In article <email@example.com>, firstname.lastname@example.org (Steve McGrew) wrote: >In article <Pine.ULT.3.91.960825034630.14248Eemail@example.com>, >David Beorn <firstname.lastname@example.org> wrote: > >> Well, I don't know that we can say with CERTAINTY that life evolved but >> people certainly do SAY it. I've heard calculations that to just form >> one protein (amino acid?? I think) by chance, one of the building >> blocks of life is 10 to the 46th power - and that's not even life. So the >> probability for life is significantly greater than that. And the time >> involved is significantly greater than the longest estimates for the age >> of the earth - so what conclusions should you draw from this?? > > What do you suppose the person who did those calculations meant by the >term "by chance"? My guess is that he calculated the number of different >possible amino acid chains of some particular length, and called the >reciprical of that the probability that any one chain of that length would >come into existence. > > In that case, the calculation is wrong, wrong, wrong. In genetic >algorithms, which are systems that evolve in ways crudely analogous to >biological systems, it is not uncommon to find the one optimum solution >out of 10 to the 50th possible solutions, while only actually looking at >10 to the 4th trial solutions. In other words, evolution uses >stochastistic processes, but gets to where it's going very fast. >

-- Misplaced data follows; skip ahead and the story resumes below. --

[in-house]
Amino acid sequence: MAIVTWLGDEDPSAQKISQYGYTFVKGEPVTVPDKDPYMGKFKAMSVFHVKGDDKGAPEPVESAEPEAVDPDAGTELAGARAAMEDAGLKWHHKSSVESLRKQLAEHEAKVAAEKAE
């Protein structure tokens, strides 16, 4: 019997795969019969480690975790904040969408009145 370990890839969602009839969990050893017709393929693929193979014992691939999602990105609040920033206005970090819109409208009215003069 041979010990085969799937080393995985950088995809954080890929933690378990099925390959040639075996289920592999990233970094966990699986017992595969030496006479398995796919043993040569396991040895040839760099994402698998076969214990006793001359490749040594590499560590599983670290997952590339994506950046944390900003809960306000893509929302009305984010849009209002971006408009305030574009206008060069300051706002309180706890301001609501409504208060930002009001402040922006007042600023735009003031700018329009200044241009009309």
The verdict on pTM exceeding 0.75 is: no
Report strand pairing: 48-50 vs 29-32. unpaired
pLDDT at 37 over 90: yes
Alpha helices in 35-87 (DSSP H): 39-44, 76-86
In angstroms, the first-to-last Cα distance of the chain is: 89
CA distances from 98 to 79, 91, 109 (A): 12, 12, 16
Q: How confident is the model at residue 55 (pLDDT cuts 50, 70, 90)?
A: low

I'd like to intergect that evolution can only take place once life has been established.(life:a self replicating mutatable machine) Therefore there is a falacy in using genetic algorithims in producing the first proteins, if indeed, proteins were established before life.
I personally have a problem in believing protein enzymes formed spontaneously from aminoacids in an aqueous environment, just because the thermodynamics is all wrong. Ok lets say there was a natural catalyst for this condensation reaction some long time ago in the past. It would naturally break down proteins just as fast as it built them up, destroying the protolife.
Anyways this argument is pretty old and I wont tire you with it. Until we have made a spontaneous life form in the testtube, the argument will continue.
However I have a real hard time with people arguing against evolution occurring once life has started. Its such a beutiful theory, that simplifies our understanding of the world arround us, that to challenge evolution seems to me to be challenging the religion of science(ie. the belief that the world may be understood ) And if you refute that basic tenet... well, I can't really argue with you, I wouldn't know how.
----------------------------------------------------------------------------- Dana Gourley 71A Churchill St. Waterloo, Ontario 725-2201